Therein lies the problems. It’s fairly easy to predict where atrocities will occur for countries already experiencing mass violence. While it is certainly useful to predict anywhere where atrocities will occur, the real prize of forecasting is to identify the cases where atrocities will occur that aren’t obvious to the casual observer. Because mass atrocities are such rare events, that’s frustratingly difficult.

In my next post, I’ll put up my mass atrocity forecasts for 2015.

Update (1/16/15): Earlier today I realized that in analyzing my predictions I had missed the chance to analyze whether I had been overly optimistic or pessimistic about mass atrocities in 2014. I’m particularly interested to see if I avoided the bias that generally has forecasts over-predict the likelihood of rare events, which atrocities are.

I’ll do this by adding up the percentage points I predicted in total (and divide my 100) and then compare that to the actual occurrence of atrocities. If we exclude the atrocities that happened that I didn’t predict, I predicted there would be 5.4 mass atrocities in 2014. Within my prediction sample, there were actually 6 mass atrocities. So I was pretty close. My accuracy here was helped because each country that had a mass atrocity in 2014 in my predicted list also had one in 2013.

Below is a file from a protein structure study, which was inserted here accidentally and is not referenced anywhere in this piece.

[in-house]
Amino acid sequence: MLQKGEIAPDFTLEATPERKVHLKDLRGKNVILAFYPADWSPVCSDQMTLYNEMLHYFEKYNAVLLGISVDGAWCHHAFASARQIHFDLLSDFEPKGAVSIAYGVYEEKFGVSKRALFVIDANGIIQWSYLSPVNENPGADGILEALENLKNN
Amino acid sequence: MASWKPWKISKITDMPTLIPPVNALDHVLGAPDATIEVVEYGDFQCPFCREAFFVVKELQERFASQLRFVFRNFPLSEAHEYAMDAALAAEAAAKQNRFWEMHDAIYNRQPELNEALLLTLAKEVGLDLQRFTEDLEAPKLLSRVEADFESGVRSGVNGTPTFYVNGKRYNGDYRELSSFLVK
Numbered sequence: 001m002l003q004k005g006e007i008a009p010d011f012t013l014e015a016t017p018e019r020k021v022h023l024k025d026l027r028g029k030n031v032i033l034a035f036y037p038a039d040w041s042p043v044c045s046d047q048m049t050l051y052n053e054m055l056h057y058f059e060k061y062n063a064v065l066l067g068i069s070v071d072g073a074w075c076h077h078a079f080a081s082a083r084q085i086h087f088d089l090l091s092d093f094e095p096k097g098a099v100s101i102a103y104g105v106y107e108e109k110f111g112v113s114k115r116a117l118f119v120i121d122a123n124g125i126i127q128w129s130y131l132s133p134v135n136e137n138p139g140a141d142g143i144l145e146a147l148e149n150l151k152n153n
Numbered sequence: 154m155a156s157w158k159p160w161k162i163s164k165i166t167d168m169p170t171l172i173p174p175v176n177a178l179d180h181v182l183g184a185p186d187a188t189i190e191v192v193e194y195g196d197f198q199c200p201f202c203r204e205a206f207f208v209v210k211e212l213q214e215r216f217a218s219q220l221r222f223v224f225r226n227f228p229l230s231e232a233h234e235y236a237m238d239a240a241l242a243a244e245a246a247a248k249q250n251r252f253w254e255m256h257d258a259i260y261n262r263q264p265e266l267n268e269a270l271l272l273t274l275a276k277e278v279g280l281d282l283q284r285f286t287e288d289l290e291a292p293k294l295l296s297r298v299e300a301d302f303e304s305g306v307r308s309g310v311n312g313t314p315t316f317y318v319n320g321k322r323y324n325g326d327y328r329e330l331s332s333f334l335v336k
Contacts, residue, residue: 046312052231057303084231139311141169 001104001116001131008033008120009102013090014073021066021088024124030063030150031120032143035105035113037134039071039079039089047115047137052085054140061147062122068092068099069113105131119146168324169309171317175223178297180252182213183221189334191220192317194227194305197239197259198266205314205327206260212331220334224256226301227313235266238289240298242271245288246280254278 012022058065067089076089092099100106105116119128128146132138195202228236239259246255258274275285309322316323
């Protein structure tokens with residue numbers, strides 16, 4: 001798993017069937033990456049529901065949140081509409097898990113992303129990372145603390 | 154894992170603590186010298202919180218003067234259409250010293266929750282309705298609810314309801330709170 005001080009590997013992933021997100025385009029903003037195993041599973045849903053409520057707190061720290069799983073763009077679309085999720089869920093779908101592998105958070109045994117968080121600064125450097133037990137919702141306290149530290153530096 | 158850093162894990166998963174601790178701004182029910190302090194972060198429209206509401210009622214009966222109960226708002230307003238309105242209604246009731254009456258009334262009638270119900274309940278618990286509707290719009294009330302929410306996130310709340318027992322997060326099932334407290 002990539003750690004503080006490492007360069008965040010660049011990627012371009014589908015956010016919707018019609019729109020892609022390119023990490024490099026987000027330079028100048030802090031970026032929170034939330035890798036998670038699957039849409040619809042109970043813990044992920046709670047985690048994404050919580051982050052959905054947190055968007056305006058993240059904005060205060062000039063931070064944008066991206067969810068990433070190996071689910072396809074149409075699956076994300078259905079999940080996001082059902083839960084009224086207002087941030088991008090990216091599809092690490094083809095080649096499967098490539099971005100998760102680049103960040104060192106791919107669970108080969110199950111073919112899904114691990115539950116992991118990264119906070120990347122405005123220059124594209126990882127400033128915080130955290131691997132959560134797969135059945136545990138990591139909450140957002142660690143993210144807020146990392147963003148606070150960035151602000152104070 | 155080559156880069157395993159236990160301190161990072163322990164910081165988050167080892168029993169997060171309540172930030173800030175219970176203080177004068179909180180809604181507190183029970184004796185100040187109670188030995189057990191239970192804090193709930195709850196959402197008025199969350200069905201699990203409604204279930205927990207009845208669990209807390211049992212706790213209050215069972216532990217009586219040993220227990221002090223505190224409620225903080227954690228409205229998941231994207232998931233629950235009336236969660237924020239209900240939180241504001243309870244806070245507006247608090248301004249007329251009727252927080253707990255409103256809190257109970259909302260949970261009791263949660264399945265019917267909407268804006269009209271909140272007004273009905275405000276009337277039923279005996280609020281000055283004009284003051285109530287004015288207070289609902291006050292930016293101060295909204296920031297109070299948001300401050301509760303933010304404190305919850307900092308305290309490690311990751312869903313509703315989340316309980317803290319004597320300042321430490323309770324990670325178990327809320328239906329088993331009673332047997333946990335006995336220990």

However, if I include Gaza and Pakistan (as I probably should), I was less accurate, again predicting 5.4 atrocities when 8 actually occurred. For whatever reason, I bucked the trend and under-predicted the number of atrocities that would occur in 2014.

Clarification (1/4/15): For this post, I defined a mass atrocity as 1,000 deaths in a single year. While this is partially consistent with other definitions for a mass atrocity used by The Early Warning Project and my thesis, it doesn’t clarify the conditions for when a mass atrocity continues over multiple years. The convention is that 1,000 is required in the onset year, and then if the number of deaths drops below a much lower threshold for a few years, then the mass killing episode ends. For example, by the Early Warning Project’s definition, a state-led mass killing episode continued in Myanmar last year, even though as far as I can tell, the casualty numbers were well under 1,000. For my predictions, because I’m only looking at one year at a time, I’m thinking about whether death counts will reach 1,000 each year. Neither definition is better than the other, but for the purposes of my predictions, the 1,000 threshold every year makes more sense.